THE MICHIGAN DAILY
FRIDAY, FEBRUARY 23, 1951
Basketball Competition Approaches Play-off
HOURS: 1 to 5 P.M.
LINES 1 DAY 3 DAYS 6 DAYS
2 .54 1.21 1.76
3 .63 1.60 2.65
4 .81 2.02 3.53
Figure 5 average words to a line,
Classified deadline daily except
Saturday is 3 P.M, Saturdays,
11:30 A.M. for Sunday Issue.
ROOMS FOR RENT
DOUBLE FRONT ROOM to share with
graduate student. Also triple, or will
rent double to married couple. Pri-
vate baths. 1316 Hill, Ph. 3-0601. )30R
SINGLE ROOM with private lavatory
and toilet for faculty or male grad-
uate student. Washtenaw area. Call
Excellent single or double room adja-
cent to campus. Call in evening after
six. Ph. 6466. )25R
MARRIED couple accommodated, dou-
ble furnished room close to campus,
union. Shower, continuous hot water.
Reasonable. 509 S. Division near Jef-
CAMPUS Tourist Home. Rooms by day
or week. Bath, shower, television.
518 E. William St. Phone 3-8454. )1R
BUSINESS OR GRADUATE GIRL-Large
pleasant single room near campus in
private home, downstairs parlor for
entertaining, laundry privileges. 829
Tappan, Ph. 8321. ) 23R
ROOMS FOR RENT
ROOMS FOR GIRLS-We have two va-
cancies in the Women's League House
at 312 S. Thayer. )21R
2 VACANCIES FOR MEN. Share double
suite, also %/2 double study. Separate
sleeping quarters. Near campus. Rea-
sonable rent. 518 S. Division. )20R
ROOMS FOR MALE STUDENTS-One
double and one single near Law Club
and Bus. Ad. School. Continuous
hot water, showers. 808 Oakland.
Ph. 22858. )12R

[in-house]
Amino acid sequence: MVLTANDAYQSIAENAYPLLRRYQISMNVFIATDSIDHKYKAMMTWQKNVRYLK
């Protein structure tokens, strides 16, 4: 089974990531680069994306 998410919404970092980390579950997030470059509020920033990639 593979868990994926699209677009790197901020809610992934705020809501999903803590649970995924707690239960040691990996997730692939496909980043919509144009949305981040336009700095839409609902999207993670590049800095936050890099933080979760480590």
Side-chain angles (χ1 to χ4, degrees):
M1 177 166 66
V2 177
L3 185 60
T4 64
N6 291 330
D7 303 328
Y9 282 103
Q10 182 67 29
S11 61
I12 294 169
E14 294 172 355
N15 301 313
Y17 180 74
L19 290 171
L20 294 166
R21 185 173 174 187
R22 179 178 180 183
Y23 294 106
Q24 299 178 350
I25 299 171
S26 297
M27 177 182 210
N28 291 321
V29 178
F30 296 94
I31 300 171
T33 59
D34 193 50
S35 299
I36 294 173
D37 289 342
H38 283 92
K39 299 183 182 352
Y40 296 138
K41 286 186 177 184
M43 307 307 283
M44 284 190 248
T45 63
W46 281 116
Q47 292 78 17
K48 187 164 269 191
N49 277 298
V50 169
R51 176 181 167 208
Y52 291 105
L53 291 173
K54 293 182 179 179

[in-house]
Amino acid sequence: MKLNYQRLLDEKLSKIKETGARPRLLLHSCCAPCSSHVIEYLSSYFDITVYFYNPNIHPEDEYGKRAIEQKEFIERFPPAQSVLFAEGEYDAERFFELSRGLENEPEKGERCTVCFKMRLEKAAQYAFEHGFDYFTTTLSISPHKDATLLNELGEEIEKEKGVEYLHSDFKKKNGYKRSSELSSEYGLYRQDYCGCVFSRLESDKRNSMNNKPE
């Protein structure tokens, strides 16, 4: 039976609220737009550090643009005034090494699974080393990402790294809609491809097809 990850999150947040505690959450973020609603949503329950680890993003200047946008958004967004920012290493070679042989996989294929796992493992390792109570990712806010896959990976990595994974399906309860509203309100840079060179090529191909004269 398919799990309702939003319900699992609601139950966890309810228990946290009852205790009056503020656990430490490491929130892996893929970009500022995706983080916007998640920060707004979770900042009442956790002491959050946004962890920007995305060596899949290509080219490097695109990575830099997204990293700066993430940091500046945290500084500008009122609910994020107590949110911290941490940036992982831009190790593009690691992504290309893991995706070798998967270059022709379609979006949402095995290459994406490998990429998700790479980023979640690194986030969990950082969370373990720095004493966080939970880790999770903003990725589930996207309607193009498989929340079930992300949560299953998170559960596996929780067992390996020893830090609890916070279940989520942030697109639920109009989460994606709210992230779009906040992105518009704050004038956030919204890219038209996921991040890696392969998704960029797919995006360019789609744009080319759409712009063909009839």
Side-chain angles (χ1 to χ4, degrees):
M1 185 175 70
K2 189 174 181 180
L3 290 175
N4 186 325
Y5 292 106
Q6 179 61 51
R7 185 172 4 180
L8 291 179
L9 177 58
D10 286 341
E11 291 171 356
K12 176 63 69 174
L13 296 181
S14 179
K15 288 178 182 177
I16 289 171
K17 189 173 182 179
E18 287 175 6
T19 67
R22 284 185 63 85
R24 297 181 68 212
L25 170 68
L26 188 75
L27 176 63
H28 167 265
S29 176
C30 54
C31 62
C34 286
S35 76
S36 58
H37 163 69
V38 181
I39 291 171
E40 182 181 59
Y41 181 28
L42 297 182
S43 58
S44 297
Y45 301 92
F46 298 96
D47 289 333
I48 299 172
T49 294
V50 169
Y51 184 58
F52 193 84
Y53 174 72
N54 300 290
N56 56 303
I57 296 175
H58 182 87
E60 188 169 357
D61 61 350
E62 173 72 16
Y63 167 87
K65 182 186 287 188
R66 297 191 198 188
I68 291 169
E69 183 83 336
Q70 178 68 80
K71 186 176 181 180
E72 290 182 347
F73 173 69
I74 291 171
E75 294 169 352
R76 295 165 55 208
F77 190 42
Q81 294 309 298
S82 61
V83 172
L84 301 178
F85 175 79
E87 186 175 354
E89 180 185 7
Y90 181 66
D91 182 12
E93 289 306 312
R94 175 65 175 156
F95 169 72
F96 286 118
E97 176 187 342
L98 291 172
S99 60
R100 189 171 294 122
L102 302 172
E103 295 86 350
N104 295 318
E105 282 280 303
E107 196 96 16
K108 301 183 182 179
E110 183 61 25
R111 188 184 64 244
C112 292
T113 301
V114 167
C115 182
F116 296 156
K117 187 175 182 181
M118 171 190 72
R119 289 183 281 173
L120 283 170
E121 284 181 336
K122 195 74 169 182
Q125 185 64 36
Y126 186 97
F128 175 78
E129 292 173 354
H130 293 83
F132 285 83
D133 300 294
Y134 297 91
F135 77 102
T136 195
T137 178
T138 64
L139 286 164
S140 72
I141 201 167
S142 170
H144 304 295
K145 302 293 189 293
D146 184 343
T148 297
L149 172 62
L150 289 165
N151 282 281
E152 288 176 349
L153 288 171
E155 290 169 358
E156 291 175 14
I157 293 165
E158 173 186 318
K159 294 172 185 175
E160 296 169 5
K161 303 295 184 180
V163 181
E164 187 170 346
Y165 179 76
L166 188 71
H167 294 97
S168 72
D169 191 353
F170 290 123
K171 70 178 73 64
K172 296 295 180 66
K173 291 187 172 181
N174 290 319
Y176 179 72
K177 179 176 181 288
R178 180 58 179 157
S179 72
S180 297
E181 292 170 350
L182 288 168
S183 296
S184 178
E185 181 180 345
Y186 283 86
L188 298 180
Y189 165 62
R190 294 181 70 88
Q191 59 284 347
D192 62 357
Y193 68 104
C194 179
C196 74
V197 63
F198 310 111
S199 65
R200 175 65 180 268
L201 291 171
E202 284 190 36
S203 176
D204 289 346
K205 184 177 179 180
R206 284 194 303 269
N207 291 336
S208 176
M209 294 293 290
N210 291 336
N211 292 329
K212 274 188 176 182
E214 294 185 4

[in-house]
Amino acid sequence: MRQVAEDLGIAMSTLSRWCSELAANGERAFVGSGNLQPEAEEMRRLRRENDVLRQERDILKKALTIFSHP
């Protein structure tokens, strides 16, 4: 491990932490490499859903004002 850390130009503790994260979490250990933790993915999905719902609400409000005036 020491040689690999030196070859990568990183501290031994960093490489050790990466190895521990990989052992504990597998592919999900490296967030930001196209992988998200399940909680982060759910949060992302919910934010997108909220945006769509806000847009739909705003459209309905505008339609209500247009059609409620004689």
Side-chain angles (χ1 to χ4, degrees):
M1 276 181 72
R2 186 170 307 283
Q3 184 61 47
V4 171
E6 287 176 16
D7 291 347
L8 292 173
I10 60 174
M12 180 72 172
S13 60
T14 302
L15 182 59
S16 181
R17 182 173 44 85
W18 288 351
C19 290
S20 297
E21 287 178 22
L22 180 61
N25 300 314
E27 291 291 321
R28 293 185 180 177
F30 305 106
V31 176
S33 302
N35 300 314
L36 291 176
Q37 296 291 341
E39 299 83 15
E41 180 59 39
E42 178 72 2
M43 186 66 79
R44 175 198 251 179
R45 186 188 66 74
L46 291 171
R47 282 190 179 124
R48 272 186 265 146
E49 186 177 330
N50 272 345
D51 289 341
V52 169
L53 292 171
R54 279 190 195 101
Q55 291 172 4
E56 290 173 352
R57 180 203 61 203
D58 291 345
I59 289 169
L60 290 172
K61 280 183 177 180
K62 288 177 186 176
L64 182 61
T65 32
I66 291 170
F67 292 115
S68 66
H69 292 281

2 LARGE SINGLES and 1 double; show-
er, gas heat. 1125 Michigan. 3-1791
3-& p.m. )18R
DOUBLE-ROOM; part of double suite,
working man or student near Cam-
pus Union. Shower; rent reasonable.
509 S. Division near Jefferson. )11R
E. LIBERTY furnished singles, doubles,
kitchen privileges, linens. Phone 5224.
ATTENTION MARRIED STUDENTS
Guarantee your child's college educa-
tion! Call Lincoln Life, 2-3249. )12B
TYPEWRITERS and FOUNTAIN PENS.
Sales, rentals and service. Morrill's,
314 S. State St. )4B
VIOLA STEIN-Experienced typist, 513
E. Williams (new location as of Wed.,
Feb. 21). Legal, Master, Doctor's dis-
sertations, foreign manuscripts, etc.,
GOOD RENTAL TYPEWRITERS now
available at Office Equipment Serv-
ice Company, 215 E. Liberty. Guar-
anteed repair service on all makes of
RELIABLE SITTERS available. Phone
AL CHASE and his ORCHESTRA
- For the Best in Dance Music -
Phone Ypsi 4427 )21R
WASHING-Finished work and hand
ironing preferred. Also rough dry
and wet washing. Free pick-up and
delivery. Ph. 2-9020. ) lB
SINGLE BREASTED TUX - Size 37.
Phone 3-8139 after 5. )12
50 BLACK ACADEMIC ROBES in good
condition for choir or commence-
ment for immediate possession. Sale
price $3.00. Phone 5555, Methodist
Church office. )15
DIAMOND Engagement and Wedding
Rings. Registered and guaranteed.
Wholesale prices. Call Lee Anger,
FOR SALE-1946 Ford convertible, can't
be topped for Spring. Ph. 2-9396. )13
TWO TUXEDOES-Excellent condition.
Size 37 & 38, $20 each. Phone 2-9472
or 6849. )15
U.S. Army, Navy type oxfords, leather
soles, rubber heels, well made. Sizes
6 to 12, B to F widths. Special $6.88.
Open until 6 p.m. Sam's Store, 122 E.
Washington Street. )5
TUXEDO, size 38, pants 30 inch waist,
32 inch in-seam $10.00; summer for-
mal cream coat, black pants, all silk,
same size, never worn $20.00. Call
J. H. COUSINS
On State Street
Ask Us To Show You
A group of Formals We Are
Closing Out for 5.00 Each
Some of These Gowns
Will Need Dry Cleaning )
TWO ART METAL, 2 drawer 3 by 5 card
files, $5.00 each. Call 6204. )11
CANARIES-Beautiful orange warblers.
Parakeets, love birds and finches. Mrs.
Ruffins, 562 SI 7th. )2B
FOR SALE-Superbly lined Oldsmobile
business coupe, 1940. Pre-war quality.
Help fight inflation. Pay less for
more. Call David Bull, 3-4145. )8
MEN TO EAT at Fraternity House.
Breakfast, lunch and dinner or any
combination. Two blocks from East